top of page
Search

Yanks Top O’s as Bouton Shines

Apr. 26, 1964 - Norm Siebern’s seventh-inning homer and an incredible defensive play by Brooks Robinson were the only glad tidings for Baltimore as the Orioles expired, 4-1, before the combined four-hit pitching of New York’s Jim Bouton (pictured) and Steven Hamilton at Yankee Stadium yesterday.

The Yanks decisively took the measure of the Birds in the opener of a two-game weekend series with a nine-hit offensive featuring a homer and a pair of singles by Tom Tresh, who drove in three of the four Yankee runs off Milt Pappas.

With a Stadium crowd of 13,659 cash customers and 6,737 additional ladies and kids’ day guests looking on, the Bombers struck for three early runs then stood off Baltimore’s belated ninth-inning threat.

When Bouton, who fanned five, issued his lone walk of the day to Luis Aparicio at the outset of the final frame, Yankee manager Yogi Berra summoned Hamilton from the bullpen.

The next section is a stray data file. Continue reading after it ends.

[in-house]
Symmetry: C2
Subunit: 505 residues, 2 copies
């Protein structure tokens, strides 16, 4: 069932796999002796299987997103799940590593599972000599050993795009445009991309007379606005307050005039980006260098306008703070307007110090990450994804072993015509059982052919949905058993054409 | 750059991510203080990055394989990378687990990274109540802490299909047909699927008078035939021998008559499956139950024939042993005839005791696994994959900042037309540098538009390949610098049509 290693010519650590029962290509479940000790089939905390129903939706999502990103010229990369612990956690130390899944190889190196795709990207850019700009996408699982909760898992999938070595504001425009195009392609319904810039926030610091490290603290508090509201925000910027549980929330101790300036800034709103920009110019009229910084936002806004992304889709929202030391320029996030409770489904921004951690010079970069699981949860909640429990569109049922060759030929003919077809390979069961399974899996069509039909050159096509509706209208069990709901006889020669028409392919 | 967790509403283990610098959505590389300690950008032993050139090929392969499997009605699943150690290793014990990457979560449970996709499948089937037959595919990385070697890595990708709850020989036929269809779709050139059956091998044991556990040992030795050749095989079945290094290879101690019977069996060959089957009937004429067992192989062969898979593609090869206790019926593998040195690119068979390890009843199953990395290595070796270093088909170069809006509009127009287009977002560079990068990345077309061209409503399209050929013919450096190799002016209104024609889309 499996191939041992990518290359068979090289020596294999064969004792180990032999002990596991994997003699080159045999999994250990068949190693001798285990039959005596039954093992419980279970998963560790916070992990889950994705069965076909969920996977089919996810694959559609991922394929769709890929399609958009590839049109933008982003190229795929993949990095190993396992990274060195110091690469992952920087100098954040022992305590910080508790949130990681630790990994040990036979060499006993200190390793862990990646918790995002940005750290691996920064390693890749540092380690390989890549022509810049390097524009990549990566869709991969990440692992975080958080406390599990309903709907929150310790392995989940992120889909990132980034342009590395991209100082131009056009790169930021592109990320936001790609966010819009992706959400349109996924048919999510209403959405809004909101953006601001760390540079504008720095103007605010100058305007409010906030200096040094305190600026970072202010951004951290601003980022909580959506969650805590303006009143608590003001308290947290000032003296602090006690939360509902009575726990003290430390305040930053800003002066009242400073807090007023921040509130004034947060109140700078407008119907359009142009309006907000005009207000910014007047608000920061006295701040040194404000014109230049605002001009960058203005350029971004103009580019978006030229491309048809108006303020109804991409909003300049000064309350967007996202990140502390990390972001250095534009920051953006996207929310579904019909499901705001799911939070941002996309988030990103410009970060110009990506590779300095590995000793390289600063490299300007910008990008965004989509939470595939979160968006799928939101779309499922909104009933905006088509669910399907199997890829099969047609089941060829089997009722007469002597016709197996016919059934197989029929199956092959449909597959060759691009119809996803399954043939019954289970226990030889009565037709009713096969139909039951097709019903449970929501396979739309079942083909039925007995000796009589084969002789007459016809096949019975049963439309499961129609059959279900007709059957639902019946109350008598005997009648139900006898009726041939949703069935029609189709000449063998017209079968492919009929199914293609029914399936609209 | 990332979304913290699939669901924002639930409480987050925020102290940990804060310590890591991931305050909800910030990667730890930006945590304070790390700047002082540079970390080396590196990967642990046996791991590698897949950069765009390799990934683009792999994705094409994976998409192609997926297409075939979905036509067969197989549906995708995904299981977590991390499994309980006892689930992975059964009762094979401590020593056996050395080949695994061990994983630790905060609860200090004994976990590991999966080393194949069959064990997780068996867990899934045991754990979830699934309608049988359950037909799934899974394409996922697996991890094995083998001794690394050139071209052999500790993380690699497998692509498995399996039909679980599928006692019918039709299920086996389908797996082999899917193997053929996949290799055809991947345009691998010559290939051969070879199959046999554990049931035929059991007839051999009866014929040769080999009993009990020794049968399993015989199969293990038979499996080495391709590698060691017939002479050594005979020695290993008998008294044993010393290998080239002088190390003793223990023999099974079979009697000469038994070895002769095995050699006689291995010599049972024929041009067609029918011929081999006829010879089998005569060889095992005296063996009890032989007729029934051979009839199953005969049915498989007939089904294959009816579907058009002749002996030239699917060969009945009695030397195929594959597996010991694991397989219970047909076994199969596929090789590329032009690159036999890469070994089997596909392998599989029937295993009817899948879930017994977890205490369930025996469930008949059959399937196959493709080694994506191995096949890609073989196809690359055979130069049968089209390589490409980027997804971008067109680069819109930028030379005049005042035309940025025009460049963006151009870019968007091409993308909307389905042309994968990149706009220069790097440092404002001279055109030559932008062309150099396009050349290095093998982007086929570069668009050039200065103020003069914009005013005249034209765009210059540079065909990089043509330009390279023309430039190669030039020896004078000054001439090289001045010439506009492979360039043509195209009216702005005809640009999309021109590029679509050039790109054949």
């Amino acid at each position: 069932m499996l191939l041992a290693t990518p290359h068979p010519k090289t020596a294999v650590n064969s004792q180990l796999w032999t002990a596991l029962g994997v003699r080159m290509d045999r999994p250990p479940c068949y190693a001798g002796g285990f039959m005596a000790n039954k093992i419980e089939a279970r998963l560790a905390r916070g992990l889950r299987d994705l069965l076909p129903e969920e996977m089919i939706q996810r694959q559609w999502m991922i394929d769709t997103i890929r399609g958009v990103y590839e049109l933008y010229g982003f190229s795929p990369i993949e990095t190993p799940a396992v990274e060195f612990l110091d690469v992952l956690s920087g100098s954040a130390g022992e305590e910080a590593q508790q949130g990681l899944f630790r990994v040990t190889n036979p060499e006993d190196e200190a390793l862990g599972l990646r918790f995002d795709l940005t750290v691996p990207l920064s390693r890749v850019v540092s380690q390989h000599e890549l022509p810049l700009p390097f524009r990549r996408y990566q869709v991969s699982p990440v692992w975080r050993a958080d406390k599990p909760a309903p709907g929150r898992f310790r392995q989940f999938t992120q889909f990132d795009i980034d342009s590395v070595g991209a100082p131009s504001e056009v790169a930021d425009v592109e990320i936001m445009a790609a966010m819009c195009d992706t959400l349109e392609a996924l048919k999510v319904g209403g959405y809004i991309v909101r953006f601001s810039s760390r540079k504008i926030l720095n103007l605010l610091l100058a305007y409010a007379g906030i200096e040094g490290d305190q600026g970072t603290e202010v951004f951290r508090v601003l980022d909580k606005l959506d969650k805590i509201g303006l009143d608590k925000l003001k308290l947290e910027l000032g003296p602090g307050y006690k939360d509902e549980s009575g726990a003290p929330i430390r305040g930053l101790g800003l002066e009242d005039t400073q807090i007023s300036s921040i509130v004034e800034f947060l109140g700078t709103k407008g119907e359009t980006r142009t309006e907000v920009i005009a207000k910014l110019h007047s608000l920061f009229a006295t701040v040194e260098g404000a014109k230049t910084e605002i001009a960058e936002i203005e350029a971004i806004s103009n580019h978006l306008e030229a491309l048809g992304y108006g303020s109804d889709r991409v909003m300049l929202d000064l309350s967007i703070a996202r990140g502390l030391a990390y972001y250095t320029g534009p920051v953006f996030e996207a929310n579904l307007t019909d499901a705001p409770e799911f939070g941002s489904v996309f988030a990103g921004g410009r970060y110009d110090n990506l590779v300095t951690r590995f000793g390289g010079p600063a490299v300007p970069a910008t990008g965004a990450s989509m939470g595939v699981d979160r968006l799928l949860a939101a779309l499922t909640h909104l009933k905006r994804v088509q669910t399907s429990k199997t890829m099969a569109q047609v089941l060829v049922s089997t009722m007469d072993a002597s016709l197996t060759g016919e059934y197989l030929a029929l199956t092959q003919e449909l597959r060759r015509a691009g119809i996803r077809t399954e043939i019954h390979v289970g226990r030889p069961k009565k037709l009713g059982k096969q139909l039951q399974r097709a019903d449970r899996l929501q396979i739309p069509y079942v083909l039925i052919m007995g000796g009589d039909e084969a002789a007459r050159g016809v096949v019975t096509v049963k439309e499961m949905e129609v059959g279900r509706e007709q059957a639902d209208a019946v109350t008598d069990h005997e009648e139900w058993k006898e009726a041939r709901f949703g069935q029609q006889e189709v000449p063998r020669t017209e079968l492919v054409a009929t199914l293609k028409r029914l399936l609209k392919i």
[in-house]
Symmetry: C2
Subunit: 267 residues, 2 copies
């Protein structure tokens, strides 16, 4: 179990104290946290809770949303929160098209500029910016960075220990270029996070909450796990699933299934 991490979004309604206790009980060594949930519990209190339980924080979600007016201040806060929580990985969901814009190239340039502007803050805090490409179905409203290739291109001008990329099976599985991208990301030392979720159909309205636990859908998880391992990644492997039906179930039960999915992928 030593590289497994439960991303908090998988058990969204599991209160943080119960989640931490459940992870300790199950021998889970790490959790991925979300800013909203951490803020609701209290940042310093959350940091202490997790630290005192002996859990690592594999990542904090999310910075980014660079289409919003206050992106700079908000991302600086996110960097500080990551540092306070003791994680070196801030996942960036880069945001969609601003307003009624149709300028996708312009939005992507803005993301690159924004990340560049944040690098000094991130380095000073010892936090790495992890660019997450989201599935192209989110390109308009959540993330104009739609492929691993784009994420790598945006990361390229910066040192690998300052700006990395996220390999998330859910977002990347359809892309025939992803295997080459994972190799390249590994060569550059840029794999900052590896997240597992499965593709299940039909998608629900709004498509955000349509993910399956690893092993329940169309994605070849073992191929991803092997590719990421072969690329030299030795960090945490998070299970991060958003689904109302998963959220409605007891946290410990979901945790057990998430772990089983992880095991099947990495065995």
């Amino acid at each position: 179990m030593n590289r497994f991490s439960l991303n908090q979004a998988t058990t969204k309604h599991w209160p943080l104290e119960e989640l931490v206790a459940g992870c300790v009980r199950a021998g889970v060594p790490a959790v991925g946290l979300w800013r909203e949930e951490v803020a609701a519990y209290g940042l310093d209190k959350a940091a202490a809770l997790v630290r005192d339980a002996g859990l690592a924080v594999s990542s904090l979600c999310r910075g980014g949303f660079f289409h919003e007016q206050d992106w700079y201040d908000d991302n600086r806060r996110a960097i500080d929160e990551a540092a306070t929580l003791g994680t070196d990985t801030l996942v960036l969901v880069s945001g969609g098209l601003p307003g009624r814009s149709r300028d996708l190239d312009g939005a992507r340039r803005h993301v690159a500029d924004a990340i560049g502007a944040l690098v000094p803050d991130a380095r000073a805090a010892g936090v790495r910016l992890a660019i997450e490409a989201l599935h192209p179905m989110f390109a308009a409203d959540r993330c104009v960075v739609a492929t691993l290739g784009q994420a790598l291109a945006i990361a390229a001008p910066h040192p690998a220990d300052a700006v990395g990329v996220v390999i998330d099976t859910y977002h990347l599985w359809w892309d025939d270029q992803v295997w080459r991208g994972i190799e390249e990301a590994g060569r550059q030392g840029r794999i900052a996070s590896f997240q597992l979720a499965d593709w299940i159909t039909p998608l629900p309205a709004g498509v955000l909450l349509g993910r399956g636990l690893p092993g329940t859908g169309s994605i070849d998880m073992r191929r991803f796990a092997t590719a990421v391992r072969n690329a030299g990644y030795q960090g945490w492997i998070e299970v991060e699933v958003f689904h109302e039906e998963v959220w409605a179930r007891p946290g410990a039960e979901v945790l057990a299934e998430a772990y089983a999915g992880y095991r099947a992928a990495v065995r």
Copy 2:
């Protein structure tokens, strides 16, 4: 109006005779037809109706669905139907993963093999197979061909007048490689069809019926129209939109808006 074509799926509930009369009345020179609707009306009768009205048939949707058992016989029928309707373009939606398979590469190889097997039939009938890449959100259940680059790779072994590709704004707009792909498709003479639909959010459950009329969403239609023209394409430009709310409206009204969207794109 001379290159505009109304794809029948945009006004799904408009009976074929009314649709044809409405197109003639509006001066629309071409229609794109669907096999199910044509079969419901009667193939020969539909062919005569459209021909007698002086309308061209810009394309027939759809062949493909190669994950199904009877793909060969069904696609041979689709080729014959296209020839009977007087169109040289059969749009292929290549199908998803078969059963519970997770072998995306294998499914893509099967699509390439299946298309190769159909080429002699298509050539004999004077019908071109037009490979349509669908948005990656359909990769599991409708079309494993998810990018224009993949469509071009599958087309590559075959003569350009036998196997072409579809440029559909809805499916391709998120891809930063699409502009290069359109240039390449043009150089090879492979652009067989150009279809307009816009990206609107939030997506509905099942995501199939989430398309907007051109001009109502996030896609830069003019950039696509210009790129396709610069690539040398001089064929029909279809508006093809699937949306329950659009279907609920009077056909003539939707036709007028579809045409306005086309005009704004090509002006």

The 6-7 New York southpaw gave up a single to Siebern but then claimed Joe Gaines on a called third strike, struck out John Orsino, and persuaded Sam Bowens to pop to second baseman Bobby Richardson.

In addition to Tresh’s three hits, Roger Maris contributed a bunt single and a run-scoring double, and Richardson injected a two-bagger.

Richardson was robbed of a second hit when Brooks Robinson astounded the spectators and a nationwide television audience with the game’s defensive spectacular.

Leaping to his left from third base, Robinson knocked down Richardson’s hot grounder, went after the loose ball on his hands and knees, and from a sitting position nipped the flying Yankee at first by a half-stride with a one-bounce peg to Siebern.

After the game, pitcher-coach Whitey Ford went by Bouton’s locker and said: “For gosh sakes, Jim, get yourself a chin strap for your cap. It looks bush for a guy to be working on no-hitters in the major leagues and see his cap flying off on every other pitch.”

“I’ll tell you a little secret,” Whitey laughingly told reporters. “That’s the tip-off on his curveball, but it comes a little late to do the hitter any good.”

“That’s right,” grinned Bouton. “It does happen more on my curve. I can’t figure out why that cap is always flying off. I got one that fits real tight this year. I can warm up for 20 minutes, and it’ll never come off, but as soon as I get in the game, it starts jumping right off my head. I must put a little more effort into it out there.”



Support this project at patreon.com/realtime1960s

Comentarios


bottom of page